Hernia Mesh Lawsuit
As one of the most common types of surgeries performed in the United States, hernia surgeries also account for a high rate of chronic pain and restricted movement resulting from the defective mesh that’s used to fix the hernias.
The Wall Street Journal reported that up to 30 percent of patients suffer after hernia surgery. Mesh devices made from polypropylene plastic are known to irritate the nerves, carry a high risk of infection and cause increased pain. A specific kind of mesh called the Kugel patch, which is manufactured by Davol, Inc., is linked to even more problems. The flexible plastic ring that holds the Kugel patch in place, called the memory recoil ring, is known to break and cause severe internal injuries.
Types of Hernia
A hernia is a bulge of fat, intestines or other organs that push through weakened muscles. There are five main types:
- Inguinal hernia -- Most common type of hernia. Located in the lower abdomen near pubic area.
- Femoral hernia -- Located in the groin area. More common in women.
- Umbilical hernia -- Located near the navel. Common in infants.
- Incisional hernia -- Also called a ventral hernia. Happens in area of previous abdominal surgery
- Epigastric hernia -- Located near the breastbone. More common in men.
To repair these problems, patients undergo various types of surgical repairs. By far, the most common is using synthetic mesh to cover the area and make it more secure.
Hernia Mesh Problems
The U.S. Food and Drug Administration (FDA) said there are several complications related to all types of hernia mesh:
- Intestinal Blockages
- Fluid Build Up
- Hernia Recurrence
- Bowel Obstruction and Perforation
- Mesh Shrinkage
- Mesh Migration
Hernia Mesh Recalls
The recalls of problematic hernia mesh began in 2005, when the FDA recalled Proceed Ventral Patch. Made by Johnson & Johnson’s Ethicon division, Proceed was constructed of layers of polypropylene plastic that are now known to separate once implanted, called delamination. This increases the risk of adhesions, bowel perforation and bowel fistulas, which cause chronic pain, infection and fever. Today, the Proceed is back on the market.
The same year the problems with Proceed started emerging another, more widespread hernia mesh recall began. Davol, a subsidiary of C.R. Bard, has recalled the large and extra large sizes of its Composix Kugel Hernia Patch, all of which had memory recoil rings. The company said the plastic ring breaks causing internal injuries that could be life threatening.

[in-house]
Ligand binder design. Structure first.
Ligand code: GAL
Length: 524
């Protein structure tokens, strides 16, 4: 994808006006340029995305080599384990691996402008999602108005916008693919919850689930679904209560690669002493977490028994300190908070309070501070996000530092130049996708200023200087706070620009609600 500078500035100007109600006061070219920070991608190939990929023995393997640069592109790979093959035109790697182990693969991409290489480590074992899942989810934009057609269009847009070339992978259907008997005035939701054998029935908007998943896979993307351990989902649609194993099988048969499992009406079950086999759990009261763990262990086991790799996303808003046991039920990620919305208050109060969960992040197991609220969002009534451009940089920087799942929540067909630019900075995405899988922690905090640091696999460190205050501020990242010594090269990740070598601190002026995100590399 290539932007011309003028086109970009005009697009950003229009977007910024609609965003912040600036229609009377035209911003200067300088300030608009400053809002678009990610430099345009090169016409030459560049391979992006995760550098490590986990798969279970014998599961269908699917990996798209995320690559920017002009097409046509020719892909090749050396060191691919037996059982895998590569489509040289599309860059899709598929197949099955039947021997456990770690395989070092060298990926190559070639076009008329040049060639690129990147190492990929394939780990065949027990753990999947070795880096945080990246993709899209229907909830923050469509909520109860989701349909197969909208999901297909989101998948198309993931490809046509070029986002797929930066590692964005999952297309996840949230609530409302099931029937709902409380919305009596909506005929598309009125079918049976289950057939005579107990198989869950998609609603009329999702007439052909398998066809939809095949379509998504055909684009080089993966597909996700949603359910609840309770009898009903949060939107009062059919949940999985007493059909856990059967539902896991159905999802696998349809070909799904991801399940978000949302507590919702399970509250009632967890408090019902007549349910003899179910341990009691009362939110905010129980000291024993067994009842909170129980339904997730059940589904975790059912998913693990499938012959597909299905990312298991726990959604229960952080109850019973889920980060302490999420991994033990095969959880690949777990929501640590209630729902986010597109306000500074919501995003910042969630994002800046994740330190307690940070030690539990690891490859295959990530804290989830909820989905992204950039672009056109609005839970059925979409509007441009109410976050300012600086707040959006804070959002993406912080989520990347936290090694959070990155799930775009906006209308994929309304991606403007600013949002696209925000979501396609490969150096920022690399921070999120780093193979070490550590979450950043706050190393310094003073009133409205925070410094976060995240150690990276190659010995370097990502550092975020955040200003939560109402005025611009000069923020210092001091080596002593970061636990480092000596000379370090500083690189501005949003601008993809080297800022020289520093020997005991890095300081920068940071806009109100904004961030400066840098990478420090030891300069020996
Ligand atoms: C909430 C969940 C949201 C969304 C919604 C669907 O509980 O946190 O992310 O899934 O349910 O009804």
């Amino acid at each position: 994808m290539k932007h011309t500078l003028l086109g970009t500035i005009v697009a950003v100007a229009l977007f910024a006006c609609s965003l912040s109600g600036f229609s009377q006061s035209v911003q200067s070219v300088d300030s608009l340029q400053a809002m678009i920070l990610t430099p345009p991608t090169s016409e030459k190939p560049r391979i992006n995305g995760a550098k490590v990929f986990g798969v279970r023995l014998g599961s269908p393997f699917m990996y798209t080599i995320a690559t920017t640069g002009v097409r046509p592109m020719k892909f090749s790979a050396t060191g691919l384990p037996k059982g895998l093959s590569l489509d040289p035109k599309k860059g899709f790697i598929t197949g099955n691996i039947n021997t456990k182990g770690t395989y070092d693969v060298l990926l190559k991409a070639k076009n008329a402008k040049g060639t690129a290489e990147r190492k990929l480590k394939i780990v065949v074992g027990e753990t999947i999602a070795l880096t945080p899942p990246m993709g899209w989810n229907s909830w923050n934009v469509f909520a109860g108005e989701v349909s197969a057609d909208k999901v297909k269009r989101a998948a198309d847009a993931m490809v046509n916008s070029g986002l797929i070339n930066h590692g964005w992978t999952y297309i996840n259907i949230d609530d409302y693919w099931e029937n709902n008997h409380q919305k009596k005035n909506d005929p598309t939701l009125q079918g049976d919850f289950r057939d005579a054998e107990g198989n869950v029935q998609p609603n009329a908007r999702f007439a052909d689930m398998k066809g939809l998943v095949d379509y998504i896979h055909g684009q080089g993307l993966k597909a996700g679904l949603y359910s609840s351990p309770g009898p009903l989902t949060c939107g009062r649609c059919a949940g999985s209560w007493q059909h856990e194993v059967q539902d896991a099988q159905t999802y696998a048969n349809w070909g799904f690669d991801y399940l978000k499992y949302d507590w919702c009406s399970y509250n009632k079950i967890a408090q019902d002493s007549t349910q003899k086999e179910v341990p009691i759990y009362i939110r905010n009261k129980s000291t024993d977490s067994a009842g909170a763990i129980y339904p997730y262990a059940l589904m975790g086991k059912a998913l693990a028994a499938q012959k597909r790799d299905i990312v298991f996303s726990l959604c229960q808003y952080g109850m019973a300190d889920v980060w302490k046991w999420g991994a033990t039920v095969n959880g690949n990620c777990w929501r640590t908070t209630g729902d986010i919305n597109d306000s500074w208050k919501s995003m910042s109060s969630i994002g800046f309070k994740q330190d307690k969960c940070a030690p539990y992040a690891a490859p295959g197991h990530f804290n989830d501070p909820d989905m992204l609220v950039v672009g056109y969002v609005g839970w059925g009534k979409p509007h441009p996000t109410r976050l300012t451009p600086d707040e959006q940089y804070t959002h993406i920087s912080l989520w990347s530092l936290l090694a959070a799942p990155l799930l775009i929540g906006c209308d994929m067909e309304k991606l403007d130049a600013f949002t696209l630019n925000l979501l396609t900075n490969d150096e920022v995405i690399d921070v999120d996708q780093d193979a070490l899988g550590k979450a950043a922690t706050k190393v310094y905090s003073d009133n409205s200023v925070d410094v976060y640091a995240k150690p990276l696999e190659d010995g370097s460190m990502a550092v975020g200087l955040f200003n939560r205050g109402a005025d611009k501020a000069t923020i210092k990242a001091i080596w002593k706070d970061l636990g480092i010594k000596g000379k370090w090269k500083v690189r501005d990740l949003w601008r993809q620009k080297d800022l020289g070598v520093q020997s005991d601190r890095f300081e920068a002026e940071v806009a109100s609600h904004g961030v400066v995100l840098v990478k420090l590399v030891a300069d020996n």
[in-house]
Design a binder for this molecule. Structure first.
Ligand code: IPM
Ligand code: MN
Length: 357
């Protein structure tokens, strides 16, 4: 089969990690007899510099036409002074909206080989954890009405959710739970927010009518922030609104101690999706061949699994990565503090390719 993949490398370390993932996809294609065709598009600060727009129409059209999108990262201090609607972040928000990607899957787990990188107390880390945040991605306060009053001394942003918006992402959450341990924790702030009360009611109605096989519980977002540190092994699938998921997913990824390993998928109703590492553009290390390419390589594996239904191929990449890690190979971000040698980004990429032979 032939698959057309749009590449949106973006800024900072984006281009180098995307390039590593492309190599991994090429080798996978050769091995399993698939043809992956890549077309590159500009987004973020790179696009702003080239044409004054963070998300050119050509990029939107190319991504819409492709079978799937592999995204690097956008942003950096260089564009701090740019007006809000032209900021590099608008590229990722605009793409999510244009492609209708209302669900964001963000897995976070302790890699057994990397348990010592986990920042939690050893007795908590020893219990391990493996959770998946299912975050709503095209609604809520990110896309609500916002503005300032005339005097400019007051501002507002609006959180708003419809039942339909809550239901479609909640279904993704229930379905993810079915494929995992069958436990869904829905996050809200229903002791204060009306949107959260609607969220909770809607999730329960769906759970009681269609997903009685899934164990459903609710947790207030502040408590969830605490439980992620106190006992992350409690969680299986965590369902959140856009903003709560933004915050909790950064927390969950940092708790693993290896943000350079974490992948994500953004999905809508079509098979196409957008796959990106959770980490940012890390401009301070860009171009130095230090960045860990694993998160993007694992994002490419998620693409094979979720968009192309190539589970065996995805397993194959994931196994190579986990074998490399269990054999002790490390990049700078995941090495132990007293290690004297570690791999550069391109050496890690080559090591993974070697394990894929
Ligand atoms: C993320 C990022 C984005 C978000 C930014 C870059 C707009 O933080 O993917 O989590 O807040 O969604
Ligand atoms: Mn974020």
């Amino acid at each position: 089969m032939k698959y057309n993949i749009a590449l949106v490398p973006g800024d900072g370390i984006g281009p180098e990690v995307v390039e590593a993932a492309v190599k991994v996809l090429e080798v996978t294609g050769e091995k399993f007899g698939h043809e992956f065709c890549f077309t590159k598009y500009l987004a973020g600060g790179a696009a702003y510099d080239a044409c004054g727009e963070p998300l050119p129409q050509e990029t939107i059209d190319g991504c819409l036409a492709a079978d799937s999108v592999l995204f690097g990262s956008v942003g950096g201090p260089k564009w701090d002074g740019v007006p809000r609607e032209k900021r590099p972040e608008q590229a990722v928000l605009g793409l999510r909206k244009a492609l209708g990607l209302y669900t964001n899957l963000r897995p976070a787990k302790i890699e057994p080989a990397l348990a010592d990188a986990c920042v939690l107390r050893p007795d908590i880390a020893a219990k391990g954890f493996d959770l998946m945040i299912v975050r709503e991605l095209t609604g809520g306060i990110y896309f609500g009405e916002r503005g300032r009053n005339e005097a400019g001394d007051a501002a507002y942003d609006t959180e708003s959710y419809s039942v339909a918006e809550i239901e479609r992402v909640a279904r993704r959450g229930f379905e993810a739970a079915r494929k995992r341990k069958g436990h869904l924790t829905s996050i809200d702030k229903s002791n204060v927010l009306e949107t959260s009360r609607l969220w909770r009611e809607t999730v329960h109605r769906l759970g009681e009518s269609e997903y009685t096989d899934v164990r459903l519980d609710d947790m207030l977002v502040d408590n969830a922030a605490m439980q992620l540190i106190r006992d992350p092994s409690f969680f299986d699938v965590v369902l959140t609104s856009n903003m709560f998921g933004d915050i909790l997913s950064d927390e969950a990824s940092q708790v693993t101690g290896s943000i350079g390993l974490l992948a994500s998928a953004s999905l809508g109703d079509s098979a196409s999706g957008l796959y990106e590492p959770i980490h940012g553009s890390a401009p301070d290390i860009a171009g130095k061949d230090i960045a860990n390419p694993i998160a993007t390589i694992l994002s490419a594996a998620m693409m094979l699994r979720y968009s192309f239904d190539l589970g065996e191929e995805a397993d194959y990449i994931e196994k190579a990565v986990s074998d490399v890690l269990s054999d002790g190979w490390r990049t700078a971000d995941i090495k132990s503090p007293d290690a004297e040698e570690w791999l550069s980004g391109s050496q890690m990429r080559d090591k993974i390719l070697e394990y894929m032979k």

Hernia Mesh Litigation
Today, up to 4,000 Kugel mesh cases are consolidated in Rhode Island federal court. The multidistrict litigation (MDL) case includes several Davol hernia devices:
- Composix Kugel Hernia Patch
- Kugel Hernia Patch
- Ventralex Hernia Patch
- CK Parastomal Hernia Patch
- Modified Kugel Patch
- Composix E/X Hernia Mesh
- Composix Mesh
- Composix L/P Mesh
- CruraSoft Patch
In 2010, a North Carolina couple was awarded $1.3 million for injuries from the Composix mesh patch. Just months later, Bard settled about 2,600 Composix mesh cases for about $184 million. Today, thousands of other cases are awaiting trial as attorneys try to hammer out settlements for the remainder of the cases.
- Landro, Lisa. “A Secret for Patients Undergoing Hernia Repair.” The Wall Street Journal. February 28, 2012. Retrieved from http://online.wsj.com/article/SB10001424052970203833004577249344022834000.html
- Meier, Barry. “History of Hernia Patch Raises Questions on Implant Recalls.” The New York Times. March 16, 2007. Retrieved from http://www.nytimes.com/2007/03/16/business/16hernia.html?pagewanted=1&_r=0
- U.S. Food and Drug Administration. Hernia Surgical Mesh Implants. Retrieved from http://www.fda.gov/MedicalDevices/ProductsandMedicalProcedures/ImplantsandProsthetics/HerniaSurgicalMesh/default.htm